On September 24th, I noted some chatter online about another fire in the Forest Cove townhome complex between Hamblen Road and the West Fork. I went there last night to see what had happened. It was very disheartening. Five more townhomes had burned to the ground. Nothing remained but ashes.
Why We Should Not Build So Close to Rivers
Not long ago, dozens of families lived in this complex. They had hopes and dreams. Children played in the street. Neighbors looked after each other. Couples got married by the river. Everyone shared a love a nature. Sure, they had frequent floods. But the homes were designed around that. Then came Harvey.
Water reached 17 to 23 feet into the third floors of townhomes. After a night of terror in which 240,000 cubic feet per second literally swept some structures off their foundations, residents returned to a wasteland. It was so bad, that FEMA even came here to film a video about the ravages of Harvey. Now, it’s even worse.
Many people who once lived here, like Jennifer Parks, won’t even venture into the neighborhood. They find the memories too traumatic. Here’s what her once-proud townhome looks like today. This was the fourth fire in that neighborhood since the start of 2019.
Photos of Latest Fire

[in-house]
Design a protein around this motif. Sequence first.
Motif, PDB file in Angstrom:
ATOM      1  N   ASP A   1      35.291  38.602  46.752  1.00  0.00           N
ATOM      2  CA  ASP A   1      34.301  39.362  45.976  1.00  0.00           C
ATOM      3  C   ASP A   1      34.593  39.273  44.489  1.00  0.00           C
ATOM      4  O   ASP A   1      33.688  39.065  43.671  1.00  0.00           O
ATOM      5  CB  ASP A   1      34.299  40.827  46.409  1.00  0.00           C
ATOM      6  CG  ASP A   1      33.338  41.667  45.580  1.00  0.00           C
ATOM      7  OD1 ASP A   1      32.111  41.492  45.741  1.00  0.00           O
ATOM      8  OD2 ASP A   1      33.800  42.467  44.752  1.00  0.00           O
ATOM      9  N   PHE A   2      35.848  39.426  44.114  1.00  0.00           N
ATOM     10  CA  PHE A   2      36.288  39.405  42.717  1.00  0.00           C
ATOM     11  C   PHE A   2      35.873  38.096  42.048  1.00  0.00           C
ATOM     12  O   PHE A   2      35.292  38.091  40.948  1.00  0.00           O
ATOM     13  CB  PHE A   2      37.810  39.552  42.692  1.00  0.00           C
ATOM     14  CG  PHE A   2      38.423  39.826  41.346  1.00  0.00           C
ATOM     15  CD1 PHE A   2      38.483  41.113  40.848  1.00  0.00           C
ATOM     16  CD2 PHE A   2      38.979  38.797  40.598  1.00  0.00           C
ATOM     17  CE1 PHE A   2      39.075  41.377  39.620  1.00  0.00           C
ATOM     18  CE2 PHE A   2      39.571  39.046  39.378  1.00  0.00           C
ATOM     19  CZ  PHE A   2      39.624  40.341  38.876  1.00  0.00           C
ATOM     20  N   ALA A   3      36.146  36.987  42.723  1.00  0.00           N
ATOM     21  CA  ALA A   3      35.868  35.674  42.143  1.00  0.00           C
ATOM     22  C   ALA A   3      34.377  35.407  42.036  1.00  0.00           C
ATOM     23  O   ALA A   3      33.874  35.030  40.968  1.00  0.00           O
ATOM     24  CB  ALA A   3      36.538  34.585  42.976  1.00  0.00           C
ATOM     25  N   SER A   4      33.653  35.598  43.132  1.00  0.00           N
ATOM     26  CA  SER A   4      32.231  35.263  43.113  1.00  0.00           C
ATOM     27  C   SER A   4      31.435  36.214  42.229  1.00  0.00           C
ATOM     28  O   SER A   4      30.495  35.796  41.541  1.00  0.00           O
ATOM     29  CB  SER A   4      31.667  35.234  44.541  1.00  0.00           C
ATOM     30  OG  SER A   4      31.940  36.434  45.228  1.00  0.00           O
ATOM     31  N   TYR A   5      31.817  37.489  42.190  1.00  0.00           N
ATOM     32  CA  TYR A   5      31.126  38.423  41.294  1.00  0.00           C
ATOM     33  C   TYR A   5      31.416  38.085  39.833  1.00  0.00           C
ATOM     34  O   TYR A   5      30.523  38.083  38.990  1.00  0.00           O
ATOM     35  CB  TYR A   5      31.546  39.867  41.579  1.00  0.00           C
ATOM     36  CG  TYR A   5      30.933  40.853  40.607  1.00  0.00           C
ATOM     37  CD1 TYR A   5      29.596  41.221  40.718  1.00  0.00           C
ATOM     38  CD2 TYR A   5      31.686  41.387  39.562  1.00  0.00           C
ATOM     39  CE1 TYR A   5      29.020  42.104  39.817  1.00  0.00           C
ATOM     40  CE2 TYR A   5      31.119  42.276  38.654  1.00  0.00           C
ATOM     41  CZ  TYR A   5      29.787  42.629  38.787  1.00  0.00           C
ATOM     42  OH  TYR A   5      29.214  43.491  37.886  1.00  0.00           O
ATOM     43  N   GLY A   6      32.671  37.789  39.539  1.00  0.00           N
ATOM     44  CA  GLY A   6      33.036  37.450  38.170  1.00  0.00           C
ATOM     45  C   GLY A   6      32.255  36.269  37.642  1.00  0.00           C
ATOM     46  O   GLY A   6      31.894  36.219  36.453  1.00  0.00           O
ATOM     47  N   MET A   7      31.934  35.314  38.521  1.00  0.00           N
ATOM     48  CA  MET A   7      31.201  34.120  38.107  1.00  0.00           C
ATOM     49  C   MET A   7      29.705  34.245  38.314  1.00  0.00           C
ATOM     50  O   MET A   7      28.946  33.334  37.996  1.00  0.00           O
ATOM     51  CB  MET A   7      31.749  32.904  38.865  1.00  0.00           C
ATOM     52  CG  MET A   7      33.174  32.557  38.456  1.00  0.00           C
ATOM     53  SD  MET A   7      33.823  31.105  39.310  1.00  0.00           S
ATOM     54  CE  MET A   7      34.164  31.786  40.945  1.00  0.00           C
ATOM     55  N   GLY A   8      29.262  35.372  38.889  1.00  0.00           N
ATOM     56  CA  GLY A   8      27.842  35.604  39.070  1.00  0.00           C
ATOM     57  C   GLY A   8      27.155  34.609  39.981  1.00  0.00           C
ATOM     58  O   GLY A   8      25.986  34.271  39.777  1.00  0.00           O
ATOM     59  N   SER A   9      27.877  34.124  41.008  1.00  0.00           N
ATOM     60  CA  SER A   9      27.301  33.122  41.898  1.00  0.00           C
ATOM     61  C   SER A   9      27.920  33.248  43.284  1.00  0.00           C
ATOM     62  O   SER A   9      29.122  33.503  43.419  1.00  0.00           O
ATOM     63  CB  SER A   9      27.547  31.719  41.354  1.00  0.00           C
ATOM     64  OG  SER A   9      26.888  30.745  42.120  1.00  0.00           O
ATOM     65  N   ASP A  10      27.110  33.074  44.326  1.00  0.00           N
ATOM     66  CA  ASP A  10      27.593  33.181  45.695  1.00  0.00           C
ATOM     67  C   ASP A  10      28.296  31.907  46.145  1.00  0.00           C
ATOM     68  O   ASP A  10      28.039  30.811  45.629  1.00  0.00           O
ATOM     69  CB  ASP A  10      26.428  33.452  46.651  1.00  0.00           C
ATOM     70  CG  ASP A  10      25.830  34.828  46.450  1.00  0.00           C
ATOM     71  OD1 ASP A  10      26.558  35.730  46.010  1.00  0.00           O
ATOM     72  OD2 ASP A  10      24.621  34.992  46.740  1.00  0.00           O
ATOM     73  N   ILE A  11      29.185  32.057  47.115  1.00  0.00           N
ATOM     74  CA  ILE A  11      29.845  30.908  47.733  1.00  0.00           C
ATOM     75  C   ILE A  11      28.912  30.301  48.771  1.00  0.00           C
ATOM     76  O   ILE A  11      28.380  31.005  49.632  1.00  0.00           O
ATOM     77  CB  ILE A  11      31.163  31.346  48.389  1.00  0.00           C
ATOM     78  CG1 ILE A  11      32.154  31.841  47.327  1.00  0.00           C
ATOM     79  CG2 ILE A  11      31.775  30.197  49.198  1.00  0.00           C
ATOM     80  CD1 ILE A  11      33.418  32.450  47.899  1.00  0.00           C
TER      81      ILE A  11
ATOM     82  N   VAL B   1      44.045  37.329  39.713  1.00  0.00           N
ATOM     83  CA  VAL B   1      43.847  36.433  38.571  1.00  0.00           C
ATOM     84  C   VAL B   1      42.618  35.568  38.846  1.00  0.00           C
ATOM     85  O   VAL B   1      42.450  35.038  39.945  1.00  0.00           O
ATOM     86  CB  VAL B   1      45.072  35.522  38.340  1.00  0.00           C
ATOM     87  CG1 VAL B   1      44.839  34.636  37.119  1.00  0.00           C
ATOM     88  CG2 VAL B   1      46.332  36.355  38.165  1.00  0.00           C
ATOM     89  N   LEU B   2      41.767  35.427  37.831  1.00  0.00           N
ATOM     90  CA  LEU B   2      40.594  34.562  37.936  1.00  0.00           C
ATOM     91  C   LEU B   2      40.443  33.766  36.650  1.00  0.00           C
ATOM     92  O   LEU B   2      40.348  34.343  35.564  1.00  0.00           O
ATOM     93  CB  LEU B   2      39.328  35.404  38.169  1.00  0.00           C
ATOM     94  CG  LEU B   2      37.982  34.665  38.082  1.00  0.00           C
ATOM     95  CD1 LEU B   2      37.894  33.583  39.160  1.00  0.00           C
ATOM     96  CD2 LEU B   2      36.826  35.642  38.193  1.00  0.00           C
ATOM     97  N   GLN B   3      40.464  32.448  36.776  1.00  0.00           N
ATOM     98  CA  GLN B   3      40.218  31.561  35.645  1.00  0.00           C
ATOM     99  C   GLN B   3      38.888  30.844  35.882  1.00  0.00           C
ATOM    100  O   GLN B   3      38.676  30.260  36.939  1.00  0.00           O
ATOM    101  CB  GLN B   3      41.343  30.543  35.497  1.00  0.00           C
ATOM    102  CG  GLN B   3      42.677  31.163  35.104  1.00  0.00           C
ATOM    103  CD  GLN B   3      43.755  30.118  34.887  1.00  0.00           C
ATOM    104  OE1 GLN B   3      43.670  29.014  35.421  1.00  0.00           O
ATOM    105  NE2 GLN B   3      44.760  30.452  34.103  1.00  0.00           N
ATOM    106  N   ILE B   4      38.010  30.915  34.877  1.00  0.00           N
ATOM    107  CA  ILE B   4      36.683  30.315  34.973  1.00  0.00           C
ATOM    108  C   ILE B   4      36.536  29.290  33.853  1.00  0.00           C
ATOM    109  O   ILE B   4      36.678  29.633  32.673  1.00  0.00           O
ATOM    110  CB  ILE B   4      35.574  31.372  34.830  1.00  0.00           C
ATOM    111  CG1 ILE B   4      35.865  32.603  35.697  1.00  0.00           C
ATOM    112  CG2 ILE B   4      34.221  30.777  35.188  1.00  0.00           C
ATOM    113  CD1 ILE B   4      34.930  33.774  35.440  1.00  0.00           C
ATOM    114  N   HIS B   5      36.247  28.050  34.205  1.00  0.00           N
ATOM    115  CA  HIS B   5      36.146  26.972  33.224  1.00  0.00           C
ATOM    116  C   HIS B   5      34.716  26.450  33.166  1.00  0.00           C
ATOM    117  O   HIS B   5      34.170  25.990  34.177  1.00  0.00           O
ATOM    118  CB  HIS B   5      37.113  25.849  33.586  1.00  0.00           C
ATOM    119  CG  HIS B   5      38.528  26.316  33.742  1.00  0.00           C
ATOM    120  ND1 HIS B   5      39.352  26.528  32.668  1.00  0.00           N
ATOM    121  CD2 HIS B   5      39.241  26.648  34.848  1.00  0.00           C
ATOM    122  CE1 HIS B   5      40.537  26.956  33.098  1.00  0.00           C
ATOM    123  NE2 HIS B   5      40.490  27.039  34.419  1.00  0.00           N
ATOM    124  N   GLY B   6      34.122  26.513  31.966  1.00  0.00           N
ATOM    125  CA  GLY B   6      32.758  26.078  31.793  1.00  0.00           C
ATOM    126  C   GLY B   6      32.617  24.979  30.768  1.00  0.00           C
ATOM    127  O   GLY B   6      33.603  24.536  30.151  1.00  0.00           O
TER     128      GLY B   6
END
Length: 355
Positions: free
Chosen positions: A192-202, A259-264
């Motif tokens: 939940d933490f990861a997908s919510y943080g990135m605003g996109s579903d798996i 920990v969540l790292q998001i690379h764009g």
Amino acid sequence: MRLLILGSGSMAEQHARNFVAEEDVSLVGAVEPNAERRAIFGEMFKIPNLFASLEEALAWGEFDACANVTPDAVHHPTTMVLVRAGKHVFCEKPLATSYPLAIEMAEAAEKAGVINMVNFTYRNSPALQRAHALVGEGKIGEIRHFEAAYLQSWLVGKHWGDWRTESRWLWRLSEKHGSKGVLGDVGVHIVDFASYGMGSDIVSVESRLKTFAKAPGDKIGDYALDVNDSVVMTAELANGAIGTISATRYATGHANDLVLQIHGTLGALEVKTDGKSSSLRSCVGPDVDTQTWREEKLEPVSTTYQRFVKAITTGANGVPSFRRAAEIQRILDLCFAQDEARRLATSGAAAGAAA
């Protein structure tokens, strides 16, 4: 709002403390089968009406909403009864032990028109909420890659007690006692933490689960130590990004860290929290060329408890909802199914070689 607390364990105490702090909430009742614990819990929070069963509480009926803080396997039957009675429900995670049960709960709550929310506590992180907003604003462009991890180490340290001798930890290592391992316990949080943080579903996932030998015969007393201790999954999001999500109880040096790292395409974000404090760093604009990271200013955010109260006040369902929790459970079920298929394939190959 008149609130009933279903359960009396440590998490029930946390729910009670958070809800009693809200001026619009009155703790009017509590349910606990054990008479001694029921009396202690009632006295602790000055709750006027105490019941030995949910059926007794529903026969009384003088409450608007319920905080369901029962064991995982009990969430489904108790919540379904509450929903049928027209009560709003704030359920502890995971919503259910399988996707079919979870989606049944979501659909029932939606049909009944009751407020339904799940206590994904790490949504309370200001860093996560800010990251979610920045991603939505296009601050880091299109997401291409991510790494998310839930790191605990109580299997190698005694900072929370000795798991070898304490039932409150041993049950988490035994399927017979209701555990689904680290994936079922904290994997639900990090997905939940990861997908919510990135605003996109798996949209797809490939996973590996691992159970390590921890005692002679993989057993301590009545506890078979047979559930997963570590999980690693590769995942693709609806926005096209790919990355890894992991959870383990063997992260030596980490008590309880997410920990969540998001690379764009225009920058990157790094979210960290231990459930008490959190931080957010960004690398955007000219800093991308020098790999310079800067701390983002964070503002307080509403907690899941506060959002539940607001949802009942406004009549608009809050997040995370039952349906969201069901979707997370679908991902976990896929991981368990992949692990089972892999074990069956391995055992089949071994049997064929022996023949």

The northern half of the complex in the red rectangle burned last year on July 4. The southern half burned the day after Tropical Storm Beta on September 24 when weather was cloudy but calm.
Four More Buildings Remain
Five other buildings remain on the eastern side of Marina Drive. View this post for an explanation of why buyouts take so long.
Time for Plan B
It’s time to go to Plan B. Frankly, in my opinion, this latest fire underscores the need to condemn these properties as a public-safety hazard. We need to demolish them and get on with life for the good of the community and the safety of firefighters. Let’s turn these eyesores into assets. Return the area to green space NOW.
Posted by Bob Rehak on 10/6/2020
1134 Days after Hurricane Harvey
The thoughts expressed in this post represent opinions on matters of public concern and safety. They are protected by the First Amendment of the US Constitution and the Anti-SLAPP Statute of the Great State of Texas.